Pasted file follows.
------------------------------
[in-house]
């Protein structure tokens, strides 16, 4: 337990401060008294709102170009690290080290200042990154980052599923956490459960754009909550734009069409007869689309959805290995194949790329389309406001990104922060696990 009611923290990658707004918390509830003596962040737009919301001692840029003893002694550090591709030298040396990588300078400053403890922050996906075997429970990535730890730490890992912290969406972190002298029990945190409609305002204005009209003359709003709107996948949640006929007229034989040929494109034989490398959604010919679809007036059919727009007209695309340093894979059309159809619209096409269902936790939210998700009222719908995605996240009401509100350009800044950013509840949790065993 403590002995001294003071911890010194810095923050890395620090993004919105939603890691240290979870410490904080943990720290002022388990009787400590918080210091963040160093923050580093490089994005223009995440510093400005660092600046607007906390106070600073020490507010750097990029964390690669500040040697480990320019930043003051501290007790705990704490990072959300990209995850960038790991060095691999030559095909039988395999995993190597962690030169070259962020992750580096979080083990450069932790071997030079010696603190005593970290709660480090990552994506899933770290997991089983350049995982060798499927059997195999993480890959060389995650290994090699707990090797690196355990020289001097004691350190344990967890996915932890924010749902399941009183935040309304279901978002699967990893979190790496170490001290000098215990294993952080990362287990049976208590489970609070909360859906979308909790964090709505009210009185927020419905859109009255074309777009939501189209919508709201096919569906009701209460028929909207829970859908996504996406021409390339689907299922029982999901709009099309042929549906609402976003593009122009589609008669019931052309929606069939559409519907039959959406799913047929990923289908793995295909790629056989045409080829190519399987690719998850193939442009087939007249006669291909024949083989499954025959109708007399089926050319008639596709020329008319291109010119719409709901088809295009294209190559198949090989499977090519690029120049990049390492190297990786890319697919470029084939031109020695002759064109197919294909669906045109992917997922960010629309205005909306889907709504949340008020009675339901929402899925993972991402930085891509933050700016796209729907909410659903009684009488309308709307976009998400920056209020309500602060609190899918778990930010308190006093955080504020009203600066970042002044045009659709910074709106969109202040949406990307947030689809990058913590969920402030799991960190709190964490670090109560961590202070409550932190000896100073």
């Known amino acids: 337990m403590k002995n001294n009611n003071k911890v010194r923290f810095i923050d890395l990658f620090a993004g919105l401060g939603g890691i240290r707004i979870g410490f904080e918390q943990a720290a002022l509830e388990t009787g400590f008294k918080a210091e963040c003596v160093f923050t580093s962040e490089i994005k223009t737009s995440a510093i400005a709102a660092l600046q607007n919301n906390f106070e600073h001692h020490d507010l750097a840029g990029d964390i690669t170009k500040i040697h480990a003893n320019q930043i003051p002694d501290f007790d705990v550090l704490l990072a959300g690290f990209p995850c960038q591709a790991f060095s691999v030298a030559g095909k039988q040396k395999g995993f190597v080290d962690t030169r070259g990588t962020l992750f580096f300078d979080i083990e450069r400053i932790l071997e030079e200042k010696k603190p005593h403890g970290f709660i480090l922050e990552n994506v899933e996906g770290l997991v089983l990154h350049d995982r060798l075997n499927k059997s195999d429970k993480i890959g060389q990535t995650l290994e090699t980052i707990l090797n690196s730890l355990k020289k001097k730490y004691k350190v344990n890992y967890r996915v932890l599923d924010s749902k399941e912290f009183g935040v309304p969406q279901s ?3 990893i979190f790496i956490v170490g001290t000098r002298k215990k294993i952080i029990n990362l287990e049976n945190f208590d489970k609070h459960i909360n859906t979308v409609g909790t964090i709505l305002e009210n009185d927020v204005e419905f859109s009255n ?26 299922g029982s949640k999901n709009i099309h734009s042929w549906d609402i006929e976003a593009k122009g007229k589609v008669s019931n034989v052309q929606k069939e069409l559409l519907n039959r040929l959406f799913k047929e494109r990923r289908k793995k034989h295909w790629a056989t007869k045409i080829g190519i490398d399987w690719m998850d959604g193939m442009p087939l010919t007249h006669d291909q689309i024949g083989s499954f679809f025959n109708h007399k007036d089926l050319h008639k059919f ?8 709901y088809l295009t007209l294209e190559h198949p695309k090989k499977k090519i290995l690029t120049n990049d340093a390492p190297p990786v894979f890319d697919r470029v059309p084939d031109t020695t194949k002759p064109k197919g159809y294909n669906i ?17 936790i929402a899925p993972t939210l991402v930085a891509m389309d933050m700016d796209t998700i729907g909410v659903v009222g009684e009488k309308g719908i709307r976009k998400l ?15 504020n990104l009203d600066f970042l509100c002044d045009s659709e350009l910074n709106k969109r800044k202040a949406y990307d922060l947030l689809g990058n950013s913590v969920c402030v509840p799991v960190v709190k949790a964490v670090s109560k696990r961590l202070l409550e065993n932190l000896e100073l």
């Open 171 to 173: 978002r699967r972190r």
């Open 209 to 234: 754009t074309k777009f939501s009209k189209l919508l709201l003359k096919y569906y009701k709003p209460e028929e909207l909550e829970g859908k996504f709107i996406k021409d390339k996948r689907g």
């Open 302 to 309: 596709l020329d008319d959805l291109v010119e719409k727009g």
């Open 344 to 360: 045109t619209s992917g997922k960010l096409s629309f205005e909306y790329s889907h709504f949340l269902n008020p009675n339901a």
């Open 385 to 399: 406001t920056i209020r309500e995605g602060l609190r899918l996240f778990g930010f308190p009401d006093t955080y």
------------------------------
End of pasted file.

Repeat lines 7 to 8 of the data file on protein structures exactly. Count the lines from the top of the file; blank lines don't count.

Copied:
């Open 344 to 360: 045109t619209s992917g997922k960010l096409s629309f205005e909306y790329s889907h709504f949340l269902n008020p009675n339901a």
């Open 385 to 399: 406001t920056i209020r309500e995605g602060l609190r899918l996240f778990g930010f308190p009401d006093t955080y």